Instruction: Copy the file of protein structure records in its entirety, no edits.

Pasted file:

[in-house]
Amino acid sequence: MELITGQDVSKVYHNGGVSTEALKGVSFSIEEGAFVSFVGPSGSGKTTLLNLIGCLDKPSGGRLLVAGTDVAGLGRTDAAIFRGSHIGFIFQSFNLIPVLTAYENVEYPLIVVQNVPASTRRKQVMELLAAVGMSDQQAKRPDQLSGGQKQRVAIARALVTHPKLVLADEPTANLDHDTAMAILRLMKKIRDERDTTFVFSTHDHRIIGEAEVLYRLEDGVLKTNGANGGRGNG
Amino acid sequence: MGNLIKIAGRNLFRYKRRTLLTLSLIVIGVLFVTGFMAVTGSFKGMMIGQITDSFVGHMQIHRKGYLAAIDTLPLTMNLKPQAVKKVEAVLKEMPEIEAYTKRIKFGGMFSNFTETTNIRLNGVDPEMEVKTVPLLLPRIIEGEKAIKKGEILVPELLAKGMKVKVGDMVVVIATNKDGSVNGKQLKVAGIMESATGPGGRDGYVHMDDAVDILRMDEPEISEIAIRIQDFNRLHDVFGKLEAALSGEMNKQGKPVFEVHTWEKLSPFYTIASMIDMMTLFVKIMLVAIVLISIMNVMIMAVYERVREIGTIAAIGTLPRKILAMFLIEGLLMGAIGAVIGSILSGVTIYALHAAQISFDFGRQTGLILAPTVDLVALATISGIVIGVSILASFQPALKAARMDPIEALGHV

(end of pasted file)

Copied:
[in-house]
Amino acid sequence: MELITGQDVSKVYHNGGVSTEALKGVSFSIEEGAFVSFVGPSGSGKTTLLNLIGCLDKPSGGRLLVAGTDVAGLGRTDAAIFRGSHIGFIFQSFNLIPVLTAYENVEYPLIVVQNVPASTRRKQVMELLAAVGMSDQQAKRPDQLSGGQKQRVAIARALVTHPKLVLADEPTANLDHDTAMAILRLMKKIRDERDTTFVFSTHDHRIIGEAEVLYRLEDGVLKTNGANGGRGNG
Amino acid sequence: MGNLIKIAGRNLFRYKRRTLLTLSLIVIGVLFVTGFMAVTGSFKGMMIGQITDSFVGHMQIHRKGYLAAIDTLPLTMNLKPQAVKKVEAVLKEMPEIEAYTKRIKFGGMFSNFTETTNIRLNGVDPEMEVKTVPLLLPRIIEGEKAIKKGEILVPELLAKGMKVKVGDMVVVIATNKDGSVNGKQLKVAGIMESATGPGGRDGYVHMDDAVDILRMDEPEISEIAIRIQDFNRLHDVFGKLEAALSGEMNKQGKPVFEVHTWEKLSPFYTIASMIDMMTLFVKIMLVAIVLISIMNVMIMAVYERVREIGTIAAIGTLPRKILAMFLIEGLLMGAIGAVIGSILSGVTIYALHAAQISFDFGRQTGLILAPTVDLVALATISGIVIGVSILASFQPALKAARMDPIEALGHV